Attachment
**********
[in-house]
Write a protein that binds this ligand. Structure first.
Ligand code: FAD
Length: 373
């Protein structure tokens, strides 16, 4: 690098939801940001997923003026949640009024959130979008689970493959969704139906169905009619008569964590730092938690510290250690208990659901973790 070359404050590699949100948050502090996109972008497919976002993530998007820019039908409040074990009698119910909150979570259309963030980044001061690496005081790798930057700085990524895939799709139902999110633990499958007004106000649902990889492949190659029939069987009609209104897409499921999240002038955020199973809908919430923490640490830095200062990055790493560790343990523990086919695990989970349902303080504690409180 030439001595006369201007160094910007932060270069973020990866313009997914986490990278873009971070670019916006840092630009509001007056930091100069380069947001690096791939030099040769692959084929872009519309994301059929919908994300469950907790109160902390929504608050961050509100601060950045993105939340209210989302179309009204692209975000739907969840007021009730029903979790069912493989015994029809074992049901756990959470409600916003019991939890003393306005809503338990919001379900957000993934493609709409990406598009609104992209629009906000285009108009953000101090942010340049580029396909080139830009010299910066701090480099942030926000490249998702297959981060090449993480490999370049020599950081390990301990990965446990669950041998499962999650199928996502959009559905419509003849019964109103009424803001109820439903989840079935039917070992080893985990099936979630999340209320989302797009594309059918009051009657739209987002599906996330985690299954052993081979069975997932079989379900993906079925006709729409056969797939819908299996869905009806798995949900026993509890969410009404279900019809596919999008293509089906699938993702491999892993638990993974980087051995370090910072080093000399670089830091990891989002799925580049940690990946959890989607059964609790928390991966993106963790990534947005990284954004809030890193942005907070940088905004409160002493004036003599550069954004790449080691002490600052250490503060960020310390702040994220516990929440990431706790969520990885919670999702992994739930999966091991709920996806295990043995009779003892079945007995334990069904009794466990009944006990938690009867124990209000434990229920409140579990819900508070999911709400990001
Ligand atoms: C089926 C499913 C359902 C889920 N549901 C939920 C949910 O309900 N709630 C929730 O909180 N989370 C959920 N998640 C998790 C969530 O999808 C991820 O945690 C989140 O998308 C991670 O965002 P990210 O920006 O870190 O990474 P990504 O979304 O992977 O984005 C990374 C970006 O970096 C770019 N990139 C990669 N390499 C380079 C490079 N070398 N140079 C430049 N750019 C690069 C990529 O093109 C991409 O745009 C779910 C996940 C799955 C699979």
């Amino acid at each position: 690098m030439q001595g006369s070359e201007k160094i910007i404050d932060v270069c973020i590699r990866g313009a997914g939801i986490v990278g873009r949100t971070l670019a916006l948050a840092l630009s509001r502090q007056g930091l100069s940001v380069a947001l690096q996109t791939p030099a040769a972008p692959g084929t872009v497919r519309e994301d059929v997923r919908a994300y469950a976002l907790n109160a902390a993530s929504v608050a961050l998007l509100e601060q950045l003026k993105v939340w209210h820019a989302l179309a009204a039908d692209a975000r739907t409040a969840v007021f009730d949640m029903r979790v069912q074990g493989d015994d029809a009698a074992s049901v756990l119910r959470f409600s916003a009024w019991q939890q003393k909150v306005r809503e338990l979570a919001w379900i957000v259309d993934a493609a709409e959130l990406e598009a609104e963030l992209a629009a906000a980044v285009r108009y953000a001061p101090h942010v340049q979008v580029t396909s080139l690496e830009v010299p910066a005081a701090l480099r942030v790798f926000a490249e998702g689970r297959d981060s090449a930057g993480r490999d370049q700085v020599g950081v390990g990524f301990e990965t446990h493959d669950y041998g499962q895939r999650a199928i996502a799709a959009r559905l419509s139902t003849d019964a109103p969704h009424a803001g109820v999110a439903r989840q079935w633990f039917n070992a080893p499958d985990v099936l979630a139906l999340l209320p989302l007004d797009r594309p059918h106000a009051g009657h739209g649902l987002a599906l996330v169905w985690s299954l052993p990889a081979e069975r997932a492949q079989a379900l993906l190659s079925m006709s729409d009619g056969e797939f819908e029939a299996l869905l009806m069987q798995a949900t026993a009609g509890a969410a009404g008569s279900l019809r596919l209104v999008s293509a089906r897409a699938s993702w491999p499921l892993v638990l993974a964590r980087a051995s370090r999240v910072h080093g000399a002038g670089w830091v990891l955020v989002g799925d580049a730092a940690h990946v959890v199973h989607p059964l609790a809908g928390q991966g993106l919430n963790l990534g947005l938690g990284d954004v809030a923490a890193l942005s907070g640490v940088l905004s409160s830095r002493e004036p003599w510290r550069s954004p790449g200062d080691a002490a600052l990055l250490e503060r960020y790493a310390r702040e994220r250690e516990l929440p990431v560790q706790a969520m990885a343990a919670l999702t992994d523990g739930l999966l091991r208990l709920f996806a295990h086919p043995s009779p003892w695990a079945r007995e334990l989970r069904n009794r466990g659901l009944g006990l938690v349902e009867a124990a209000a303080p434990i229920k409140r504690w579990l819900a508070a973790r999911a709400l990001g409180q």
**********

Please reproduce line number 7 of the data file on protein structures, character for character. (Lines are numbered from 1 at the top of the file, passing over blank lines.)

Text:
């Amino acid at each position: 690098m030439q001595g006369s070359e201007k160094i910007i404050d932060v270069c973020i590699r990866g313009a997914g939801i986490v990278g873009r949100t971070l670019a916006l948050a840092l630009s509001r502090q007056g930091l100069s940001v380069a947001l690096q996109t791939p030099a040769a972008p692959g084929t872009v497919r519309e994301d059929v997923r919908a994300y469950a976002l907790n109160a902390a993530s929504v608050a961050l998007l509100e601060q950045l003026k993105v939340w209210h820019a989302l179309a009204a039908d692209a975000r739907t409040a969840v007021f009730d949640m029903r979790v069912q074990g493989d015994d029809a009698a074992s049901v756990l119910r959470f409600s916003a009024w019991q939890q003393k909150v306005r809503e338990l979570a919001w379900i957000v259309d993934a493609a709409e959130l990406e598009a609104e963030l992209a629009a906000a980044v285009r108009y953000a001061p101090h942010v340049q979008v580029t396909s080139l690496e830009v010299p910066a005081a701090l480099r942030v790798f926000a490249e998702g689970r297959d981060s090449a930057g993480r490999d370049q700085v020599g950081v390990g990524f301990e990965t446990h493959d669950y041998g499962q895939r999650a199928i996502a799709a959009r559905l419509s139902t003849d019964a109103p969704h009424a803001g109820v999110a439903r989840q079935w633990f039917n070992a080893p499958d985990v099936l979630a139906l999340l209320p989302l007004d797009r594309p059918h106000a009051g009657h739209g649902l987002a599906l996330v169905w985690s299954l052993p990889a081979e069975r997932a492949q079989a379900l993906l190659s079925m006709s729409d009619g056969e797939f819908e029939a299996l869905l009806m069987q798995a949900t026993a009609g509890a969410a009404g008569s279900l019809r596919l209104v999008s293509a089906r897409a699938s993702w491999p499921l892993v638990l993974a964590r980087a051995s370090r999240v910072h080093g000399a002038g670089w830091v990891l955020v989002g799925d580049a730092a940690h990946v959890v199973h989607p059964l609790a809908g928390q991966g993106l919430n963790l990534g947005l938690g990284d954004v809030a923490a890193l942005s907070g640490v940088l905004s409160s830095r002493e004036p003599w510290r550069s954004p790449g200062d080691a002490a600052l990055l250490e503060r960020y790493a310390r702040e994220r250690e516990l929440p990431v560790q706790a969520m990885a343990a919670l999702t992994d523990g739930l999966l091991r208990l709920f996806a295990h086919p043995s009779p003892w695990a079945r007995e334990l989970r069904n009794r466990g659901l009944g006990l938690v349902e009867a124990a209000a303080p434990i229920k409140r504690w579990l819900a508070a973790r999911a709400l990001g409180q």